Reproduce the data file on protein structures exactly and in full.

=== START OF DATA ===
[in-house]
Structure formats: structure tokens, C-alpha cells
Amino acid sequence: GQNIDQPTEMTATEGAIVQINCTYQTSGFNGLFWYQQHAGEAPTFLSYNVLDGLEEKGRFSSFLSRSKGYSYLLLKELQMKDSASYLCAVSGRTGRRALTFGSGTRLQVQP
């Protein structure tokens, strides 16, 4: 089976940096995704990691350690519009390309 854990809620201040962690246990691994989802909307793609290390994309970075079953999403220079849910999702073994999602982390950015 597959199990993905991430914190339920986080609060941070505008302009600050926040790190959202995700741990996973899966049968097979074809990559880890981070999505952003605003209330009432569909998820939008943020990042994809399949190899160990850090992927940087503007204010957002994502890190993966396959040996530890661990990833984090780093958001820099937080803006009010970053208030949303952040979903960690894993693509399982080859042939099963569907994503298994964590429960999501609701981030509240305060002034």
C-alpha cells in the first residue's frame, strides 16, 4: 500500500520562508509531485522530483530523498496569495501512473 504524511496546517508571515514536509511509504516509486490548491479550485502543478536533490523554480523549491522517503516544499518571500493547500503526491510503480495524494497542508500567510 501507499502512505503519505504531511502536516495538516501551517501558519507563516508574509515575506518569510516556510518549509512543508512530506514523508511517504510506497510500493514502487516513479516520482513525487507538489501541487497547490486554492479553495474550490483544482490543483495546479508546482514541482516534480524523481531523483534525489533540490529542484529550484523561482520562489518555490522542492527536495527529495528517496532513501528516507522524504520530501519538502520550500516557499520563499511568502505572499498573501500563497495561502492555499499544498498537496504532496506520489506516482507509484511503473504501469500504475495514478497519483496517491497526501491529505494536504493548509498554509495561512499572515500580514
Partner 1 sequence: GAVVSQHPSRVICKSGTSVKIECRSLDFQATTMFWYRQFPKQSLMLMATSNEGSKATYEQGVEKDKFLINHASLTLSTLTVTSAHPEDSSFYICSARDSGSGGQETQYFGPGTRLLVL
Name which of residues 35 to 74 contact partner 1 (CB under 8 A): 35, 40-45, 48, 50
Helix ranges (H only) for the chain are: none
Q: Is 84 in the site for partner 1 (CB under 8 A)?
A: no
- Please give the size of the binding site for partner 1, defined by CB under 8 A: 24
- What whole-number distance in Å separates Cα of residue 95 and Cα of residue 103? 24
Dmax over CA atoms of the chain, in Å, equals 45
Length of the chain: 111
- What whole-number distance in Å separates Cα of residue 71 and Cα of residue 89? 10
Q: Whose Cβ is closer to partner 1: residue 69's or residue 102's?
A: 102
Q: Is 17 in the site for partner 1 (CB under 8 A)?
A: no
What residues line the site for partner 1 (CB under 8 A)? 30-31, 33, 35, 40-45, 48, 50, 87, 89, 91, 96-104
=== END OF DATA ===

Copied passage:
[in-house]
Structure formats: structure tokens, C-alpha cells
Amino acid sequence: GQNIDQPTEMTATEGAIVQINCTYQTSGFNGLFWYQQHAGEAPTFLSYNVLDGLEEKGRFSSFLSRSKGYSYLLLKELQMKDSASYLCAVSGRTGRRALTFGSGTRLQVQP
């Protein structure tokens, strides 16, 4: 089976940096995704990691350690519009390309 854990809620201040962690246990691994989802909307793609290390994309970075079953999403220079849910999702073994999602982390950015 597959199990993905991430914190339920986080609060941070505008302009600050926040790190959202995700741990996973899966049968097979074809990559880890981070999505952003605003209330009432569909998820939008943020990042994809399949190899160990850090992927940087503007204010957002994502890190993966396959040996530890661990990833984090780093958001820099937080803006009010970053208030949303952040979903960690894993693509399982080859042939099963569907994503298994964590429960999501609701981030509240305060002034």
C-alpha cells in the first residue's frame, strides 16, 4: 500500500520562508509531485522530483530523498496569495501512473 504524511496546517508571515514536509511509504516509486490548491479550485502543478536533490523554480523549491522517503516544499518571500493547500503526491510503480495524494497542508500567510 501507499502512505503519505504531511502536516495538516501551517501558519507563516508574509515575506518569510516556510518549509512543508512530506514523508511517504510506497510500493514502487516513479516520482513525487507538489501541487497547490486554492479553495474550490483544482490543483495546479508546482514541482516534480524523481531523483534525489533540490529542484529550484523561482520562489518555490522542492527536495527529495528517496532513501528516507522524504520530501519538502520550500516557499520563499511568502505572499498573501500563497495561502492555499499544498498537496504532496506520489506516482507509484511503473504501469500504475495514478497519483496517491497526501491529505494536504493548509498554509495561512499572515500580514
Partner 1 sequence: GAVVSQHPSRVICKSGTSVKIECRSLDFQATTMFWYRQFPKQSLMLMATSNEGSKATYEQGVEKDKFLINHASLTLSTLTVTSAHPEDSSFYICSARDSGSGGQETQYFGPGTRLLVL
Name which of residues 35 to 74 contact partner 1 (CB under 8 A): 35, 40-45, 48, 50
Helix ranges (H only) for the chain are: none
Q: Is 84 in the site for partner 1 (CB under 8 A)?
A: no
- Please give the size of the binding site for partner 1, defined by CB under 8 A: 24
- What whole-number distance in Å separates Cα of residue 95 and Cα of residue 103? 24
Dmax over CA atoms of the chain, in Å, equals 45
Length of the chain: 111
- What whole-number distance in Å separates Cα of residue 71 and Cα of residue 89? 10
Q: Whose Cβ is closer to partner 1: residue 69's or residue 102's?
A: 102
Q: Is 17 in the site for partner 1 (CB under 8 A)?
A: no
What residues line the site for partner 1 (CB under 8 A)? 30-31, 33, 35, 40-45, 48, 50, 87, 89, 91, 96-104